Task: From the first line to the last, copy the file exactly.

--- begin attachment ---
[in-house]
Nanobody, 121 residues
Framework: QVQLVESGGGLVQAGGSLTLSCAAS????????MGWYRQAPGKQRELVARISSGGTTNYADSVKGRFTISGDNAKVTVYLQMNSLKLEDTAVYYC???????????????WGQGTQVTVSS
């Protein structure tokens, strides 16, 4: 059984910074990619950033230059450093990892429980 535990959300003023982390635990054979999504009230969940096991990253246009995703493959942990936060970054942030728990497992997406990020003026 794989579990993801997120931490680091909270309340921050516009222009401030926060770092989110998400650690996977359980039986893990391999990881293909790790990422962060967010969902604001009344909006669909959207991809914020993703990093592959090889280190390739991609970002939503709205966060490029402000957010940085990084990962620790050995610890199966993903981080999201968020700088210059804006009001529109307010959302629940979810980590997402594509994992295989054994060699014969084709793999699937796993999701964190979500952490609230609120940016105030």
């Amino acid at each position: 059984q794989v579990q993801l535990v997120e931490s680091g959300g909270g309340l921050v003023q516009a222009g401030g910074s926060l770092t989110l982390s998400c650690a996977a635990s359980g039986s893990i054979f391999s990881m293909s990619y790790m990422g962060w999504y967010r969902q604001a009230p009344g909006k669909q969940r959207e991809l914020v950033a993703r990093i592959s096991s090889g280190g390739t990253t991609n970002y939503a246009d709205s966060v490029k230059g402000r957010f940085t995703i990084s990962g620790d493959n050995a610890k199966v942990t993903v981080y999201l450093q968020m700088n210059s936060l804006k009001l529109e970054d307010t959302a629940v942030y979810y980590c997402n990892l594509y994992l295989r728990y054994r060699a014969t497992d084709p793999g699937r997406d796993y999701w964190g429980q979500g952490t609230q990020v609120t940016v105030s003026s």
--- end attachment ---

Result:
[in-house]
Nanobody, 121 residues
Framework: QVQLVESGGGLVQAGGSLTLSCAAS????????MGWYRQAPGKQRELVARISSGGTTNYADSVKGRFTISGDNAKVTVYLQMNSLKLEDTAVYYC???????????????WGQGTQVTVSS
């Protein structure tokens, strides 16, 4: 059984910074990619950033230059450093990892429980 535990959300003023982390635990054979999504009230969940096991990253246009995703493959942990936060970054942030728990497992997406990020003026 794989579990993801997120931490680091909270309340921050516009222009401030926060770092989110998400650690996977359980039986893990391999990881293909790790990422962060967010969902604001009344909006669909959207991809914020993703990093592959090889280190390739991609970002939503709205966060490029402000957010940085990084990962620790050995610890199966993903981080999201968020700088210059804006009001529109307010959302629940979810980590997402594509994992295989054994060699014969084709793999699937796993999701964190979500952490609230609120940016105030």
């Amino acid at each position: 059984q794989v579990q993801l535990v997120e931490s680091g959300g909270g309340l921050v003023q516009a222009g401030g910074s926060l770092t989110l982390s998400c650690a996977a635990s359980g039986s893990i054979f391999s990881m293909s990619y790790m990422g962060w999504y967010r969902q604001a009230p009344g909006k669909q969940r959207e991809l914020v950033a993703r990093i592959s096991s090889g280190g390739t990253t991609n970002y939503a246009d709205s966060v490029k230059g402000r957010f940085t995703i990084s990962g620790d493959n050995a610890k199966v942990t993903v981080y999201l450093q968020m700088n210059s936060l804006k009001l529109e970054d307010t959302a629940v942030y979810y980590c997402n990892l594509y994992l295989r728990y054994r060699a014969t497992d084709p793999g699937r997406d796993y999701w964190g429980q979500g952490t609230q990020v609120t940016v105030s003026s």